Finance

Goldman Sachs’ future hinges on a low-profile, high-growth business

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David Solomon, Chairman and CEO, Goldman Sachs, participates in a panel discussion during the annual Milken Institute Global Conference at The Beverly Hilton Hotel on April 29, 2019 in Beverly Hills, California.
Michael Kovac | Getty Images Entertainment | Getty Images

Goldman Sachs is known as Wall Street’s top brand, a juggernaut employing some of the world’s best traders and investment bankers.

But it’s facing an inflection point: Those high-profile businesses have fallen out of favor with investors since the 2008 financial crisis. Instead, it’s been steady, fee-generating areas like wealth and asset management that are valued far more than boom-or-bust activities like trading or advising on mergers.

Goldman shares have been stuck at a relatively low price-to-tangible-book value, a key industry metric that measures how the market sizes up a firm compared to the value of its hard assets. Goldman trades for just above one times price to TBV, while rivals including JPMorgan Chase and Morgan Stanley are valued at roughly double that.

Which is why Goldman CEO David Solomon has hitched his fortunes to asset and wealth management. His latest move positions Goldman to take advantage of two big trends in finance: The rise of alternative assets including private equity and growth in the fortunes of the ultrarich.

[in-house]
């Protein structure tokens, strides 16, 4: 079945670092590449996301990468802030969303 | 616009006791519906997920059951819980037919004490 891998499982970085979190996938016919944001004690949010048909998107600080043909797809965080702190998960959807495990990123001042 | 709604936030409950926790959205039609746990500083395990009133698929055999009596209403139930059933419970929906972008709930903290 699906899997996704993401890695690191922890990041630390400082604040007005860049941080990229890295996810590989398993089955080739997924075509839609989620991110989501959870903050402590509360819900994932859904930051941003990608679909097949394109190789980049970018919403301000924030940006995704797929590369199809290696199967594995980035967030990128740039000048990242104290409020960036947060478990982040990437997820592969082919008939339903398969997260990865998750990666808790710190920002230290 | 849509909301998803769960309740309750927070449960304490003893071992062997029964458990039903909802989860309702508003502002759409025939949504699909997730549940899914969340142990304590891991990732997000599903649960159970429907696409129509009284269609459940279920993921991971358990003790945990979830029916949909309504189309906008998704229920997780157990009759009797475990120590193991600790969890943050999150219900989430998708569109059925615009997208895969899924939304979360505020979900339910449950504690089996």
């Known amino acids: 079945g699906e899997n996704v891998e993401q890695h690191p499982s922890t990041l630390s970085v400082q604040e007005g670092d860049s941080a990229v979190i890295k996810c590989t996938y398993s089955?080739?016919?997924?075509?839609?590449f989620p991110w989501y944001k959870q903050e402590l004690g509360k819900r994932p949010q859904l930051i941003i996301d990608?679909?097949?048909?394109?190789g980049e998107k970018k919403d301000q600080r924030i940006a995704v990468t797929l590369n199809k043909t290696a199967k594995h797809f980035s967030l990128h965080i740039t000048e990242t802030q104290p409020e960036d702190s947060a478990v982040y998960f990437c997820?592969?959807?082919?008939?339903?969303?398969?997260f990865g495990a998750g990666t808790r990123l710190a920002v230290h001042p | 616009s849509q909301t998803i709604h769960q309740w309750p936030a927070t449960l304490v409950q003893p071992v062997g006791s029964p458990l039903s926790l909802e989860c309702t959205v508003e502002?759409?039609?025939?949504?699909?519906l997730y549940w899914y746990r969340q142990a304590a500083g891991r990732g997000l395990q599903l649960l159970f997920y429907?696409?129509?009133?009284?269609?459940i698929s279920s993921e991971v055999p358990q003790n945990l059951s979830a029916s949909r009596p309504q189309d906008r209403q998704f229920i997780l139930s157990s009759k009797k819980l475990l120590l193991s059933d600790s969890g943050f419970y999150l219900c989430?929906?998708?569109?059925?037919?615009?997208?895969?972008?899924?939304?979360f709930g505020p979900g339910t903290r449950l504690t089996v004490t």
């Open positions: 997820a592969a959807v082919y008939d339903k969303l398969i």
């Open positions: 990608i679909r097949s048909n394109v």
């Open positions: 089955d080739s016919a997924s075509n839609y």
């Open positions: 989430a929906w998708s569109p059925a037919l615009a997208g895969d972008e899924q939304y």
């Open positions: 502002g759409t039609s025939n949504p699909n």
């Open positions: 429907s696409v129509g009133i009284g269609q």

Still, concerns surfaced recently after former asset management co-head Julian Salisbury departed Goldman for a smaller rival. Salisbury, who was most recently chief investment officer for AWM, is joining San Francisco-based private equity firm Sixth Street. His former co-head, Luke Sarsfield, also left earlier this year, helping fuel worries about a brain drain at the firm.

Goldman, which put former trading co-head Marc Nachmann in charge of AWM in October, says the company has a deep bench and that the average tenure of partners is its longest in a decade.

What is asset management, exactly?

Simply put, Goldman portfolio managers make bets across the universe of financial instruments, either on behalf of clients or using the bank’s own funds.

That runs the gamut from the least risky, plain-vanilla holdings like money market funds, to fixed-income products like corporate bonds funds, stock ETFs and mutual funds, and finally to alternative assets including private equity, private credit (i.e. loans to corporations), real estate and hedge funds.

Compared to rivals JPMorgan and Morgan Stanley, which are big players in traditional assets like stock funds, Goldman is more weighted to the esoteric world of alternative investments, which is why it’s sometimes said that Goldman wants to build a “mini-Blackstone” within the bank.

Goldman gets paid through management and incentive fees, which swell as funds attract more assets. Altogether, Goldman has $2.71 trillion in assets under supervision as of June 30, which includes wealth management assets.  

What about wealth management?